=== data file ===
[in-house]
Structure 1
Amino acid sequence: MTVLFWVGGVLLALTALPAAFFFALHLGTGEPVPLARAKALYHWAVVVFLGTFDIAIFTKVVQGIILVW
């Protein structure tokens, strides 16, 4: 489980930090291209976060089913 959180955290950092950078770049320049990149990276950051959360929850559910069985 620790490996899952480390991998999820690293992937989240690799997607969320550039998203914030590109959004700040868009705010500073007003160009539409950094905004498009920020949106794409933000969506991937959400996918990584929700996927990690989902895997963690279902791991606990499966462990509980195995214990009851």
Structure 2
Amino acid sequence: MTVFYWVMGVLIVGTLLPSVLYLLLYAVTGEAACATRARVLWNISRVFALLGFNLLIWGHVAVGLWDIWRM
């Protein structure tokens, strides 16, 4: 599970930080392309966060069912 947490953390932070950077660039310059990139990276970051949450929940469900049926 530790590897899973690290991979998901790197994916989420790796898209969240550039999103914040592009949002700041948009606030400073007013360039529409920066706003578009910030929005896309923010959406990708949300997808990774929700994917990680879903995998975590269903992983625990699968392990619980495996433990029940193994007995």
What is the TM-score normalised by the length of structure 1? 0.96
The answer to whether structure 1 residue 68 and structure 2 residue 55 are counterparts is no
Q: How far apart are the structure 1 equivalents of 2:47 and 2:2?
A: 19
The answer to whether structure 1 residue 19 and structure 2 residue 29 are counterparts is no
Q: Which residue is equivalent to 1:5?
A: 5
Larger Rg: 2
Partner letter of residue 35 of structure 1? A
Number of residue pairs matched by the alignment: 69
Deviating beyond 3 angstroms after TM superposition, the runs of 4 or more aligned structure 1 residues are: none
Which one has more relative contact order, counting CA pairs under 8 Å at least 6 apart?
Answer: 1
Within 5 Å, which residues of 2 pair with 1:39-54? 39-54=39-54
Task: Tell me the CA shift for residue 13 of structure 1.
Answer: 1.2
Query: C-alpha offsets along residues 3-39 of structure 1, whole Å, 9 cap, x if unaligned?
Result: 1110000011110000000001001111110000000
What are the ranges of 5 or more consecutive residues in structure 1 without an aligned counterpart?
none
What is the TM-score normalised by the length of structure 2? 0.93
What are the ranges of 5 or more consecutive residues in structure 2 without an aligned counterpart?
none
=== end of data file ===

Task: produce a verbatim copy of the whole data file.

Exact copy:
[in-house]
Structure 1
Amino acid sequence: MTVLFWVGGVLLALTALPAAFFFALHLGTGEPVPLARAKALYHWAVVVFLGTFDIAIFTKVVQGIILVW
């Protein structure tokens, strides 16, 4: 489980930090291209976060089913 959180955290950092950078770049320049990149990276950051959360929850559910069985 620790490996899952480390991998999820690293992937989240690799997607969320550039998203914030590109959004700040868009705010500073007003160009539409950094905004498009920020949106794409933000969506991937959400996918990584929700996927990690989902895997963690279902791991606990499966462990509980195995214990009851």
Structure 2
Amino acid sequence: MTVFYWVMGVLIVGTLLPSVLYLLLYAVTGEAACATRARVLWNISRVFALLGFNLLIWGHVAVGLWDIWRM
């Protein structure tokens, strides 16, 4: 599970930080392309966060069912 947490953390932070950077660039310059990139990276970051949450929940469900049926 530790590897899973690290991979998901790197994916989420790796898209969240550039999103914040592009949002700041948009606030400073007013360039529409920066706003578009910030929005896309923010959406990708949300997808990774929700994917990680879903995998975590269903992983625990699968392990619980495996433990029940193994007995």
What is the TM-score normalised by the length of structure 1? 0.96
The answer to whether structure 1 residue 68 and structure 2 residue 55 are counterparts is no
Q: How far apart are the structure 1 equivalents of 2:47 and 2:2?
A: 19
The answer to whether structure 1 residue 19 and structure 2 residue 29 are counterparts is no
Q: Which residue is equivalent to 1:5?
A: 5
Larger Rg: 2
Partner letter of residue 35 of structure 1? A
Number of residue pairs matched by the alignment: 69
Deviating beyond 3 angstroms after TM superposition, the runs of 4 or more aligned structure 1 residues are: none
Which one has more relative contact order, counting CA pairs under 8 Å at least 6 apart?
Answer: 1
Within 5 Å, which residues of 2 pair with 1:39-54? 39-54=39-54
Task: Tell me the CA shift for residue 13 of structure 1.
Answer: 1.2
Query: C-alpha offsets along residues 3-39 of structure 1, whole Å, 9 cap, x if unaligned?
Result: 1110000011110000000001001111110000000
What are the ranges of 5 or more consecutive residues in structure 1 without an aligned counterpart?
none
What is the TM-score normalised by the length of structure 2? 0.93
What are the ranges of 5 or more consecutive residues in structure 2 without an aligned counterpart?
none